Citation Scheme:

    

Usage Statistics

Country Views Downloads
Canada 25 2
China 13 25
United States 13 1
France 4 0
Ukraine 1 0
City Views Downloads
Unknown 22 2
Beijing 13 0
Dallas 3 0
Atlanta 2 0
Vancouver 2 0
Toronto 2 0
Oliver 2 0
Ashburn 2 0
Mountain View 1 0
Pitt Meadows 1 0
Port Coquitlam 1 0
Delta 1 0
Richmond 1 0

{[{ mDataHeader[type] }]} {[{ month[type] }]} {[{ tData[type] }]}
Download Stats

Share

Embed

Customize your widget with the following options, then copy and paste the code below into the HTML of your page to embed this item in your website.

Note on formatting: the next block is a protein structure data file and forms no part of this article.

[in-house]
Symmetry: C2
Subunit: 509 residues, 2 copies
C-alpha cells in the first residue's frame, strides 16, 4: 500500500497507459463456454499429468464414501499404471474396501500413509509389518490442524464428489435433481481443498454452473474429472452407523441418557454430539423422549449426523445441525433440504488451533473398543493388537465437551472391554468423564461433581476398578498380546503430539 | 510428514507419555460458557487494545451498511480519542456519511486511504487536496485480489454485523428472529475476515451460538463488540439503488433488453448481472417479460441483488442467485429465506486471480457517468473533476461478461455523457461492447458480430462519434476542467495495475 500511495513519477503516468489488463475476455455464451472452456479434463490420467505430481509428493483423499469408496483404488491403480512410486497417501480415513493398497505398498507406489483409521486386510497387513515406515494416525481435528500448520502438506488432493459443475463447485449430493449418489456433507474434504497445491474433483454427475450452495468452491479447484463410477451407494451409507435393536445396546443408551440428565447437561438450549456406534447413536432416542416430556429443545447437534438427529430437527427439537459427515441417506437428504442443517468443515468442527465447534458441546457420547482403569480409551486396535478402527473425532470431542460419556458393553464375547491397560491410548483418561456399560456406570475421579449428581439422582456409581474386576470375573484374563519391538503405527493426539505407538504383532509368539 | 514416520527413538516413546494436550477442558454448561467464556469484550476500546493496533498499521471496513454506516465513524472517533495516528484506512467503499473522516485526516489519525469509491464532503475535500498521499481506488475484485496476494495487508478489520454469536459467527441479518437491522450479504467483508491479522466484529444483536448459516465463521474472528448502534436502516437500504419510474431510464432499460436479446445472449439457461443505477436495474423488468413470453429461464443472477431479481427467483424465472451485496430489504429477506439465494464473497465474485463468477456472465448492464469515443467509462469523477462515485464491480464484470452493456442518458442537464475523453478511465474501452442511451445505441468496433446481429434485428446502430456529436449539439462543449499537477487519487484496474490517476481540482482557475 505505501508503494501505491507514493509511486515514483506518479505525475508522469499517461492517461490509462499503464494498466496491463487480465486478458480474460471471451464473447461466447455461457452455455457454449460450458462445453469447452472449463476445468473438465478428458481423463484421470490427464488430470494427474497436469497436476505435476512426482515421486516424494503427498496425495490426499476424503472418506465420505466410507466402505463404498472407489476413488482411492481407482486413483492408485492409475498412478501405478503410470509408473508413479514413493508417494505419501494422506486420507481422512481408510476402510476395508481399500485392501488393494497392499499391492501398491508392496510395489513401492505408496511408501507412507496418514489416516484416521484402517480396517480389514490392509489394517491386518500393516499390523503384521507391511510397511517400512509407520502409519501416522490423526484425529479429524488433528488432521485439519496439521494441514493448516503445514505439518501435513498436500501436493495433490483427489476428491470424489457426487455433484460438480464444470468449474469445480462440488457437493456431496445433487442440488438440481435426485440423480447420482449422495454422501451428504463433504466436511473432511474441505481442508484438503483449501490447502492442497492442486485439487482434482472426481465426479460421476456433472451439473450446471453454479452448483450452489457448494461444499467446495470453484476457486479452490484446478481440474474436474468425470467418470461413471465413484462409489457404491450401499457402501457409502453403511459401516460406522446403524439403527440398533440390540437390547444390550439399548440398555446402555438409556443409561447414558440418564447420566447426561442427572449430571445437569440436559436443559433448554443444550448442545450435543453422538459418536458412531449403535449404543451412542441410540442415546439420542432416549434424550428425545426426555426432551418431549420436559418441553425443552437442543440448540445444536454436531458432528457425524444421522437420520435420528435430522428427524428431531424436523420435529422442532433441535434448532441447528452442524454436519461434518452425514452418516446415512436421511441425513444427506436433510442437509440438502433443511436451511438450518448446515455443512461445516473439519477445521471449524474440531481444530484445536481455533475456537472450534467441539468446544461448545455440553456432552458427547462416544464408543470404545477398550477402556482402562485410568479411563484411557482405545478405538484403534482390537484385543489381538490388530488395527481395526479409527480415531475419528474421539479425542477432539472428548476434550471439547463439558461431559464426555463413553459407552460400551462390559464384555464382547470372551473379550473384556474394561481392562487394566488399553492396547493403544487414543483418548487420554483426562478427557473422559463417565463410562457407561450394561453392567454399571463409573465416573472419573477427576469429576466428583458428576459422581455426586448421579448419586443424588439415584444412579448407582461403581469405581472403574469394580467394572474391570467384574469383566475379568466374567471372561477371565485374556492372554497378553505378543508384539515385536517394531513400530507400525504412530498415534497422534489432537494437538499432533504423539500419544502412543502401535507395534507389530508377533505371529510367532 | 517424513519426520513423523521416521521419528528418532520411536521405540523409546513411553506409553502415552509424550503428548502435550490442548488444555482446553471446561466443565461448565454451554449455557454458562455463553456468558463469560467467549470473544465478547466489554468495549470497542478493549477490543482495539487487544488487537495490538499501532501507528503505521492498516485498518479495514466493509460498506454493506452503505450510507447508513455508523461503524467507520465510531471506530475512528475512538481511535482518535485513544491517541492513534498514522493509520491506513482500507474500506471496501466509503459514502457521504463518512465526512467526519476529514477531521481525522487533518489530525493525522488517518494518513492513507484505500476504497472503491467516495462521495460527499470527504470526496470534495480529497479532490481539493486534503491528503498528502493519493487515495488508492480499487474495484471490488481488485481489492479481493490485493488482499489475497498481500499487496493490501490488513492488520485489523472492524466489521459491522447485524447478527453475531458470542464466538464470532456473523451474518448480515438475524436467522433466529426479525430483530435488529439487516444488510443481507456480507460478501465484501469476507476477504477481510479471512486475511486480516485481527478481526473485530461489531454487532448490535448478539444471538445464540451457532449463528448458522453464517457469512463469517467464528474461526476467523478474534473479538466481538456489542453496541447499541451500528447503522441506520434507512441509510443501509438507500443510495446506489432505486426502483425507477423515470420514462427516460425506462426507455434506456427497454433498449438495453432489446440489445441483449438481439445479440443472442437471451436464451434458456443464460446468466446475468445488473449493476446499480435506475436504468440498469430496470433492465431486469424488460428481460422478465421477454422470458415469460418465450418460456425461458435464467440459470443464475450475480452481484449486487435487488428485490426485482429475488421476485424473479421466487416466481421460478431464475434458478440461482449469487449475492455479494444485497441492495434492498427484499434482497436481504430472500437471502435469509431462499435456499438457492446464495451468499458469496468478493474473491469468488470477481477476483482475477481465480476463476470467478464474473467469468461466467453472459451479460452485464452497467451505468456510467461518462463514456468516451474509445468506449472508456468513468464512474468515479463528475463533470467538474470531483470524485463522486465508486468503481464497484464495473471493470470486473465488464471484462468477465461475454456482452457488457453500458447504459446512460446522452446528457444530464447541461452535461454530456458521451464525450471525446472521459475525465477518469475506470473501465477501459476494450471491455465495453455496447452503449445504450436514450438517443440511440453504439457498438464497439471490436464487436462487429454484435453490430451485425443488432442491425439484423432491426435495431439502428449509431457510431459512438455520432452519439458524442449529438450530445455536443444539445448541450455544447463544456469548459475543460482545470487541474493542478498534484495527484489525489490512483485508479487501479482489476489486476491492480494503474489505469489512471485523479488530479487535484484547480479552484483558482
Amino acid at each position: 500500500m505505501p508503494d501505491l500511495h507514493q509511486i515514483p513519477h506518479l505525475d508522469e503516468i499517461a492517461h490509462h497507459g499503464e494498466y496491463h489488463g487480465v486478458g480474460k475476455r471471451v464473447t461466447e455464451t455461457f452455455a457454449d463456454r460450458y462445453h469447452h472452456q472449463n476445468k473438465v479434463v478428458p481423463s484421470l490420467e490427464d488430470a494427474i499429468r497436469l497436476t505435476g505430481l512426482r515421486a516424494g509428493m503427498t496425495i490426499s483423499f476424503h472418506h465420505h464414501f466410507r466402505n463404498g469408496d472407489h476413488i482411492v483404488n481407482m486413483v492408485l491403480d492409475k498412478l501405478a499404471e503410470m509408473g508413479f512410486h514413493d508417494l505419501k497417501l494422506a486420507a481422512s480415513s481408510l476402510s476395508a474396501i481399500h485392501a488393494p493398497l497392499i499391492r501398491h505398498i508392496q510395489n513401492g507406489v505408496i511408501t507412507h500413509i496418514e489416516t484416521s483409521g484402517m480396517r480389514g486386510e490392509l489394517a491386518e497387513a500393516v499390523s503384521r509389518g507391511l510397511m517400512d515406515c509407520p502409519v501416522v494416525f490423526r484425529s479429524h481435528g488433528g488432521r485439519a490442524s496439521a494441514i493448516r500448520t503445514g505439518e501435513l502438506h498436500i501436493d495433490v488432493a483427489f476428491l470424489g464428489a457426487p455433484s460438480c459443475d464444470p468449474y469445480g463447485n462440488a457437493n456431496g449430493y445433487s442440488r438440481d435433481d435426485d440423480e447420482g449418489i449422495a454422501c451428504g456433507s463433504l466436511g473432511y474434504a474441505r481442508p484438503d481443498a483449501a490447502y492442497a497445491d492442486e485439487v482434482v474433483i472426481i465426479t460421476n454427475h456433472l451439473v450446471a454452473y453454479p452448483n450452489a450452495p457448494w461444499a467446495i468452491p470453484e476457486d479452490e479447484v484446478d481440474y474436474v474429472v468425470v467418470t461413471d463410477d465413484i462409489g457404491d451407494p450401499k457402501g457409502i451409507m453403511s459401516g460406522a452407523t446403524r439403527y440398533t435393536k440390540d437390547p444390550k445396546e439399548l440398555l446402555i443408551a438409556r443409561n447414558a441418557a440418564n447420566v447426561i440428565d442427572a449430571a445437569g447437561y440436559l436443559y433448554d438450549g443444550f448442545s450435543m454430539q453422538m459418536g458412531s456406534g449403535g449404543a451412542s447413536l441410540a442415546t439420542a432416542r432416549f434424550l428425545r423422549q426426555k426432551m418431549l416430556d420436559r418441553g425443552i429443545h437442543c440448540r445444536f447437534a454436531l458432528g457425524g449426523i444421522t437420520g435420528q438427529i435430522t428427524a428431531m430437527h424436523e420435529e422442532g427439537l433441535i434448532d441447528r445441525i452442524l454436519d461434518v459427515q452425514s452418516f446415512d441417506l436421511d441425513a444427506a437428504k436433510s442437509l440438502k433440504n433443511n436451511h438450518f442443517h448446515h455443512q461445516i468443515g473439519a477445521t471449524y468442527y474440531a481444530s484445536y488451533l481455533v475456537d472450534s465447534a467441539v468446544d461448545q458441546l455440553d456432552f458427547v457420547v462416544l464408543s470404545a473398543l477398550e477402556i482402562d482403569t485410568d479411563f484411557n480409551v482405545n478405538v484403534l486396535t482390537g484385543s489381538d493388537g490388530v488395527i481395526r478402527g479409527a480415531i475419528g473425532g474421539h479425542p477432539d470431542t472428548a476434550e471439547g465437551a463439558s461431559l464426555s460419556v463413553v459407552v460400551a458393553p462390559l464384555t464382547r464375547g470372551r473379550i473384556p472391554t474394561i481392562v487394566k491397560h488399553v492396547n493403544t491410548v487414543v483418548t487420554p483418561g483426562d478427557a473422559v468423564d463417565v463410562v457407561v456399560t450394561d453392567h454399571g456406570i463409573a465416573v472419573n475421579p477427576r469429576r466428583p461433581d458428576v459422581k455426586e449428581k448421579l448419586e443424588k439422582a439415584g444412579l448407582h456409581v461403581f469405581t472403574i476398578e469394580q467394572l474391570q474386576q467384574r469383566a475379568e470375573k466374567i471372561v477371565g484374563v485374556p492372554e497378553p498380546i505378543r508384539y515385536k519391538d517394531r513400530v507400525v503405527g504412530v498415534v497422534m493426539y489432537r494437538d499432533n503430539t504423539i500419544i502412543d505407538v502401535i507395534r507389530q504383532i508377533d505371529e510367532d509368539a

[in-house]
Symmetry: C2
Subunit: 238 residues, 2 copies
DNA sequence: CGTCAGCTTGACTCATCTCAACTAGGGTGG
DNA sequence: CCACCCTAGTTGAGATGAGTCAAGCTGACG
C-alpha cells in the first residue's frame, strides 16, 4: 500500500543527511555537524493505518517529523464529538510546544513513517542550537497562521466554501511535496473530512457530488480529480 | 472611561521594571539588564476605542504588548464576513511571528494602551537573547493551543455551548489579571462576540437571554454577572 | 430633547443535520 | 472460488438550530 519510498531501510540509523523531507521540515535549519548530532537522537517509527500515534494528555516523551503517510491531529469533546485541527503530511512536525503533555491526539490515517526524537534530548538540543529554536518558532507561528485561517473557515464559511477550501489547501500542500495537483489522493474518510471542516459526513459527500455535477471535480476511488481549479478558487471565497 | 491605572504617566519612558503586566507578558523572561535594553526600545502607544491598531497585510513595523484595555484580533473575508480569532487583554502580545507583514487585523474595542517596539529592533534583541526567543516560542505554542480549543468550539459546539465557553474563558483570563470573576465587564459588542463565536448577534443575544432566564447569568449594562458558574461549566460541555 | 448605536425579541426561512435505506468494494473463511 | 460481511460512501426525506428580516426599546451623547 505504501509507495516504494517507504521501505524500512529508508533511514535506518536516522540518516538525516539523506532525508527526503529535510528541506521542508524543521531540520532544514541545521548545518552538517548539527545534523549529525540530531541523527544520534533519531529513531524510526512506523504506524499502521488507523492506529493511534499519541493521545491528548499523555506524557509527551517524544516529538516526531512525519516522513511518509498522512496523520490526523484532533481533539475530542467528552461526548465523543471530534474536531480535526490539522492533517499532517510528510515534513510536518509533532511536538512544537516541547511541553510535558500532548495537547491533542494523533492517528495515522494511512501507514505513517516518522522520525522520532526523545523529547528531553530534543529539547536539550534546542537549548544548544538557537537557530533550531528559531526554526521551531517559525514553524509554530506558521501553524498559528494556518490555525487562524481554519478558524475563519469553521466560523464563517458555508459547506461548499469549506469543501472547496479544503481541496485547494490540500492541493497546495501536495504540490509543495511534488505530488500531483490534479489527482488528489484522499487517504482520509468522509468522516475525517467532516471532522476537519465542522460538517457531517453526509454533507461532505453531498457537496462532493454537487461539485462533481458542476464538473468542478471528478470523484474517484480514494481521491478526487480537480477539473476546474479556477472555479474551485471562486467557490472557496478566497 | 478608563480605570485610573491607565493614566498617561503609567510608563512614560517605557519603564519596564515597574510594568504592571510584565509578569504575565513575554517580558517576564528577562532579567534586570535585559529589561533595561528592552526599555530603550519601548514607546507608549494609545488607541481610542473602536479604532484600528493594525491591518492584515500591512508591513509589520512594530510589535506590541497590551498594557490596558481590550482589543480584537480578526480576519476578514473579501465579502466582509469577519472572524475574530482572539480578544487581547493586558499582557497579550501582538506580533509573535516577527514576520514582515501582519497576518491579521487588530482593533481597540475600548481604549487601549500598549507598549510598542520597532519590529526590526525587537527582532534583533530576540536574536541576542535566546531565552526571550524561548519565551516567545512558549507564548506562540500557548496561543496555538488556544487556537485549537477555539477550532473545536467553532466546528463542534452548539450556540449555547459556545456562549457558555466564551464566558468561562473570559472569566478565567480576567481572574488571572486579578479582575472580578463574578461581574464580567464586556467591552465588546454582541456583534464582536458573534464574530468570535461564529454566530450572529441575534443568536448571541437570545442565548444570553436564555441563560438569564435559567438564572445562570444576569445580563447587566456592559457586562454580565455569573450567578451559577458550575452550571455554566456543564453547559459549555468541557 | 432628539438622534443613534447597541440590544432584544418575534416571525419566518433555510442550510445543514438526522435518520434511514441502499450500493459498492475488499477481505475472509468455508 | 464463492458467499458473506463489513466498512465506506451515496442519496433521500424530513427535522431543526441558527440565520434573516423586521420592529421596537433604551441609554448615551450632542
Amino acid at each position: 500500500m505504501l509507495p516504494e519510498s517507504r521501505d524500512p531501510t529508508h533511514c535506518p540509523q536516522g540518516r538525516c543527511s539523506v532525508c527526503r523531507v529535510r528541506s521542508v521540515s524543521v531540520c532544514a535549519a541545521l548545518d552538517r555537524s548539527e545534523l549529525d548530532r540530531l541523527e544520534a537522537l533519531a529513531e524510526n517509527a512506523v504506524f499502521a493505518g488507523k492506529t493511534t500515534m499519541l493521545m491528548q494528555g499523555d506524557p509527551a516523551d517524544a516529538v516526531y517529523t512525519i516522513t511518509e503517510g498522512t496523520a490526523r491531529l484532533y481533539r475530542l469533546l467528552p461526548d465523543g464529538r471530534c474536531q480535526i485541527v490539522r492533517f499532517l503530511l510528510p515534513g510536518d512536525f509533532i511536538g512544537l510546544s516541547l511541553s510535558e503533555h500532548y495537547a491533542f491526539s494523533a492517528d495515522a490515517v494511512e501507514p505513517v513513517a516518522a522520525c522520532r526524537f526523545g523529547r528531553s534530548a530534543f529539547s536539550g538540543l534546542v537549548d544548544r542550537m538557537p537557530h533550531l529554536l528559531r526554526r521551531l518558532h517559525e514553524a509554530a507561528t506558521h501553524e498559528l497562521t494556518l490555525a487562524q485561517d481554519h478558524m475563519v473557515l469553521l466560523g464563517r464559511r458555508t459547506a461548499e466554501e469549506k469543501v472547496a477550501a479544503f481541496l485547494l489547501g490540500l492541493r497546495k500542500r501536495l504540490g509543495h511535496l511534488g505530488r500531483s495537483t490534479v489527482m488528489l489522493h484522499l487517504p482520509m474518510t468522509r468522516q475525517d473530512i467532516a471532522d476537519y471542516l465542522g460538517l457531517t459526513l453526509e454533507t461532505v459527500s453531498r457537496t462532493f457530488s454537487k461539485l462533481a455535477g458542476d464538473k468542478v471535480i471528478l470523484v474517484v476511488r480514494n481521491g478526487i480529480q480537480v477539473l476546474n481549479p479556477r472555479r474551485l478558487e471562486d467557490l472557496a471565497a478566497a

<div id="ubcOpenCollectionsWidgetDisplay">
                            <script id="ubcOpenCollectionsWidget"
                            src="{[{embed.src}]}"
                            data-item="{[{embed.item}]}"
                            data-collection="{[{embed.collection}]}"
                            data-metadata="{[{embed.showMetadata}]}"
                            data-width="{[{embed.width}]}"
                            async >
                            </script>
                            </div>
                        
                    
IIIF logo Our image viewer uses the IIIF 2.0 standard. To load this item in other compatible viewers, use this url:
http://iiif.library.ubc.ca/presentation/dsp.310.1-0107188/manifest

Comment

Related Items